United States District Court, N.D. California, San Jose Division
KENNETH B. QUANSAH, JR. Plaintiff,
DEL CORONADO APARTMENTS, et al., Defendants.
ORDER GRANTING DEFENDANT'S MOTION TO DISMISS Re:
Dkt. No. 6
J. DAVILA United States District Judge
Kenneth B. Quansah, Jr. (“Plaintiff”) filed this
putative civil rights action against Defendants Del Coronado
Apartments and the City of San Jose after he was removed, or
as he puts it, “evicted” from a residence.
Federal jurisdiction arises pursuant to 28 U.S.C. §
1331, and Del Coronado Apartments moves to dismiss the
Complaint. Dkt. No. 6. Plaintiff opposes.
this matter is suitable for decision without oral argument,
the motion hearing will be vacated. And because Plaintiff has
not established that any defendant was properly served with
process, the motion to dismiss will be granted for the
reasons explained below.
factual allegations in the “Complaint for Punitive
Damages, Compensatory Damages and Damages” are sparse.
The court infers that Plaintiff was living in a residence
located within the Del Coronado Apartments. Plaintiff alleges
that on an unspecified date and without prior notice,
Officers Lee and Harris “evicted Plaintiff from his
apartment and permanent place of abode with excessive
force.” Dkt. No. 1, at p. 3. He alleges the officers
removed him “in the middle of the night” from
“the apartment door and dragged him to a transporting
police car by the side of the street, ” even though he
had paid rent. Id. at p. 4. Plaintiff suffered
severe “cuts, bruises, twisted arms, injured wrist,
fractured arms and shoulders” and needed medical care.
Id. Plaintiff alleges “the officers claim
[P]laintiff is a foreigner and came to this country to take
advantage of them.” Id. at p. 4.
Del Coronado Apartments, Plaintiff alleges it “replaced
the old lock to the apartment” while he was out,
leaving him “locked-out.” Id. at p. 5.
He claims an unspecified person “said [P]laintiff is a
foreigner and came from Africa to take advantage of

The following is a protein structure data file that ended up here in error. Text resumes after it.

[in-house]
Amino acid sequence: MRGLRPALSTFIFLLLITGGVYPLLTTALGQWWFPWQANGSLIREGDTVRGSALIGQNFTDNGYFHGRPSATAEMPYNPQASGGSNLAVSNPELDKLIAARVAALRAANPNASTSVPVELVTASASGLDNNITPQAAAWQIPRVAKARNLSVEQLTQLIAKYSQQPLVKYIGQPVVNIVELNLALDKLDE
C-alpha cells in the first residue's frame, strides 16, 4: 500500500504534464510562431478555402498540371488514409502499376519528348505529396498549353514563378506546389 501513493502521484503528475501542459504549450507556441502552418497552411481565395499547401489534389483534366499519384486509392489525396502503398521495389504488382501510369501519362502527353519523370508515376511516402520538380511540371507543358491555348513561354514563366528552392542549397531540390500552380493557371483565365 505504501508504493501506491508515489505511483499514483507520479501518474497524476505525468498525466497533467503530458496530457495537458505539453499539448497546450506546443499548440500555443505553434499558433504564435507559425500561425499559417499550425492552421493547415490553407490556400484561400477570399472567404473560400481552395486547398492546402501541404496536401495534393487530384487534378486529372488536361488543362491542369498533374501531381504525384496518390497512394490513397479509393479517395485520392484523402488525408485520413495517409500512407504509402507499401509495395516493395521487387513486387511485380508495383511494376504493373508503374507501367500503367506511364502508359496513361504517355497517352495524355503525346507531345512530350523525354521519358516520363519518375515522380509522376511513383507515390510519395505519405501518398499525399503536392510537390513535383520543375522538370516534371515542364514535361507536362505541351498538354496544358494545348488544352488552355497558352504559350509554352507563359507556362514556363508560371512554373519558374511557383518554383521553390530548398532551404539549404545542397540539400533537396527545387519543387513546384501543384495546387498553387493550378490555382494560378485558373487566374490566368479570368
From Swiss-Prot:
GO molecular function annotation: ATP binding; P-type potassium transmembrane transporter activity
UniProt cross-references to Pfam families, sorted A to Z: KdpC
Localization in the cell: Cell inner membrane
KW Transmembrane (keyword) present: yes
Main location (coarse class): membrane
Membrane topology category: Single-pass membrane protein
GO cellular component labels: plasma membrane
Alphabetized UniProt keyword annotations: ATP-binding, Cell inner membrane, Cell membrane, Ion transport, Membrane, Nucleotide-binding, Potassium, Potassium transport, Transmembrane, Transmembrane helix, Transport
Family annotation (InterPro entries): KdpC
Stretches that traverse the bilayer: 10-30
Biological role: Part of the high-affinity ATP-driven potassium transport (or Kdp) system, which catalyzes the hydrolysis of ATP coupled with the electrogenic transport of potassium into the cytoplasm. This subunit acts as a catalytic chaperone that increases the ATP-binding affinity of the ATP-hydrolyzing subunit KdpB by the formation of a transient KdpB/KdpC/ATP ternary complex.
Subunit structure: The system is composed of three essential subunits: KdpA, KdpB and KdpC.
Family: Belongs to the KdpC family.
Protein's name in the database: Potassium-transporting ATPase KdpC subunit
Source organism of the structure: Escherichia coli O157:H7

federal cause of action appears to arise under 42 U.S.C.
§§ 1981 and 1983. He also lists a series of
potential causes of action under state law, including
negligence, defamation, and intentional and infliction of
Del Coronado Apartments moves for dismissal under two rules,
only one requires discussion at this point.
federal court does not have jurisdiction over a defendant
unless the defendant has been served properly under [Rule]
4.” Direct Mail Specialists v. Eclat Computerized
Techs., Inc., 840 F.2d 685, 688 (9th Cir. 1988); see
also Murphy Bros., Inc. v. Mitchell Pipe Stringing,
Inc., 526 U.S. 344, 350 (1999) (“Service of
process, under longstanding tradition in our system of
justice, is fundamental to any procedural imposition on a
named defendant.”). Mere notice that a lawsuit is
pending is not sufficient. Rohit Biochem Pvt. Ltd. v.
Arya Group, Inc., No. CIV S-07-1575 FCD GGH, 2009 U.S.
Dist. LEXIS 48740, at *3, 2009 WL 1635175 (E.D. Cal. June 10,
2009) (citing Omni Capital Int'l, Ltd. v. Rudolf
Wolff & Co., Ltd., 484 U.S. 97, 104 (1987)).
Rule of Civil Procedure 12(b)(5) permits a defendant to
challenge the mode or method of service of the summons and
complaint. Where the validity of service is contested, the
burden is on the party claiming proper service to establish
its validity. Cranford v. United States, 359
F.Supp.2d 981, 984 (E.D. Cal. 2005) (citing Grand
Entm't Group, Ltd. v. Star Media Sales, Inc., 988
F.2d 476, 488 (3d Cir. 1993)). If service of process is
insufficient, the court may dismiss an action or simply quash
the service. See S.J. v. Issaquah Sch. Dist. No.
411, 470 F.3d 1288, 1293 (9th Cir. 2006).
Rule 12(b)(5), Del Coronado Apartments argues the causes of
action asserted against it must be dismissed, or that service
of process must be quashed, because the method of service
utilized by Plaintiff was inconsistent with the applicable
authority. This argument is meritorious not only as to it,
but as to the other defendant as well.